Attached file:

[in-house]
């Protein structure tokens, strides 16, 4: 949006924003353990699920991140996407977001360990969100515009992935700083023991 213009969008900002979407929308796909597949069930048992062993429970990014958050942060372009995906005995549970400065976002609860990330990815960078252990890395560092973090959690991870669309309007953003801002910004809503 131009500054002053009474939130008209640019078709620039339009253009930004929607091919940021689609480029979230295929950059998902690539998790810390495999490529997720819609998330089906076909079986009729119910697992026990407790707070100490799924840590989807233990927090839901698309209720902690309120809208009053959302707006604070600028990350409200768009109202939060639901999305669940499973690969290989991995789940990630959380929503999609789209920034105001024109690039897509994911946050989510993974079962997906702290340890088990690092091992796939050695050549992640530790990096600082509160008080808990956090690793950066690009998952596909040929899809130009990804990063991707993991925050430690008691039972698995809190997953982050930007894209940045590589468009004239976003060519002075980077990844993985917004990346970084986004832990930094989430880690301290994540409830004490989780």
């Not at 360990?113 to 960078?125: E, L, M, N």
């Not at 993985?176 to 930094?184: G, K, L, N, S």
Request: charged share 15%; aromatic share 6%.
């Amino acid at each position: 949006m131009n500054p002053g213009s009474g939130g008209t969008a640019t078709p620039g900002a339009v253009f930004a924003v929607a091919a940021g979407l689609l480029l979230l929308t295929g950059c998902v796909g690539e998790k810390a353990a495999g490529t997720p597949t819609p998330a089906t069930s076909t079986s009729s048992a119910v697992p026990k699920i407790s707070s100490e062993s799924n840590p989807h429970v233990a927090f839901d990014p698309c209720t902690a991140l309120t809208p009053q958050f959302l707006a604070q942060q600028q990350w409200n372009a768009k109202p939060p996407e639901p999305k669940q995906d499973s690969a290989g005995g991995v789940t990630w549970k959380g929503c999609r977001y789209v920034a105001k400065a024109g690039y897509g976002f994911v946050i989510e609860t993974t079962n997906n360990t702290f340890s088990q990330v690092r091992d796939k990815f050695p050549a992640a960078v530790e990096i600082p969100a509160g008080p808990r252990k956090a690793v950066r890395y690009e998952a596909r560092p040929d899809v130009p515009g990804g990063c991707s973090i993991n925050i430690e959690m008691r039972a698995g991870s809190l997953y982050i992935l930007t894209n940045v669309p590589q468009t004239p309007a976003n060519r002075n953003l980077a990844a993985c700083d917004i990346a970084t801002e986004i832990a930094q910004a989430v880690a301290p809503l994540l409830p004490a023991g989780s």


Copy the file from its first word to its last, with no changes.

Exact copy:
[in-house]
């Protein structure tokens, strides 16, 4: 949006924003353990699920991140996407977001360990969100515009992935700083023991 213009969008900002979407929308796909597949069930048992062993429970990014958050942060372009995906005995549970400065976002609860990330990815960078252990890395560092973090959690991870669309309007953003801002910004809503 131009500054002053009474939130008209640019078709620039339009253009930004929607091919940021689609480029979230295929950059998902690539998790810390495999490529997720819609998330089906076909079986009729119910697992026990407790707070100490799924840590989807233990927090839901698309209720902690309120809208009053959302707006604070600028990350409200768009109202939060639901999305669940499973690969290989991995789940990630959380929503999609789209920034105001024109690039897509994911946050989510993974079962997906702290340890088990690092091992796939050695050549992640530790990096600082509160008080808990956090690793950066690009998952596909040929899809130009990804990063991707993991925050430690008691039972698995809190997953982050930007894209940045590589468009004239976003060519002075980077990844993985917004990346970084986004832990930094989430880690301290994540409830004490989780």
């Not at 360990?113 to 960078?125: E, L, M, N």
């Not at 993985?176 to 930094?184: G, K, L, N, S």
Request: charged share 15%; aromatic share 6%.
């Amino acid at each position: 949006m131009n500054p002053g213009s009474g939130g008209t969008a640019t078709p620039g900002a339009v253009f930004a924003v929607a091919a940021g979407l689609l480029l979230l929308t295929g950059c998902v796909g690539e998790k810390a353990a495999g490529t997720p597949t819609p998330a089906t069930s076909t079986s009729s048992a119910v697992p026990k699920i407790s707070s100490e062993s799924n840590p989807h429970v233990a927090f839901d990014p698309c209720t902690a991140l309120t809208p009053q958050f959302l707006a604070q942060q600028q990350w409200n372009a768009k109202p939060p996407e639901p999305k669940q995906d499973s690969a290989g005995g991995v789940t990630w549970k959380g929503c999609r977001y789209v920034a105001k400065a024109g690039y897509g976002f994911v946050i989510e609860t993974t079962n997906n360990t702290f340890s088990q990330v690092r091992d796939k990815f050695p050549a992640a960078v530790e990096i600082p969100a509160g008080p808990r252990k956090a690793v950066r890395y690009e998952a596909r560092p040929d899809v130009p515009g990804g990063c991707s973090i993991n925050i430690e959690m008691r039972a698995g991870s809190l997953y982050i992935l930007t894209n940045v669309p590589q468009t004239p309007a976003n060519r002075n953003l980077a990844a993985c700083d917004i990346a970084t801002e986004i832990a930094q910004a989430v880690a301290p809503l994540l409830p004490a023991g989780s």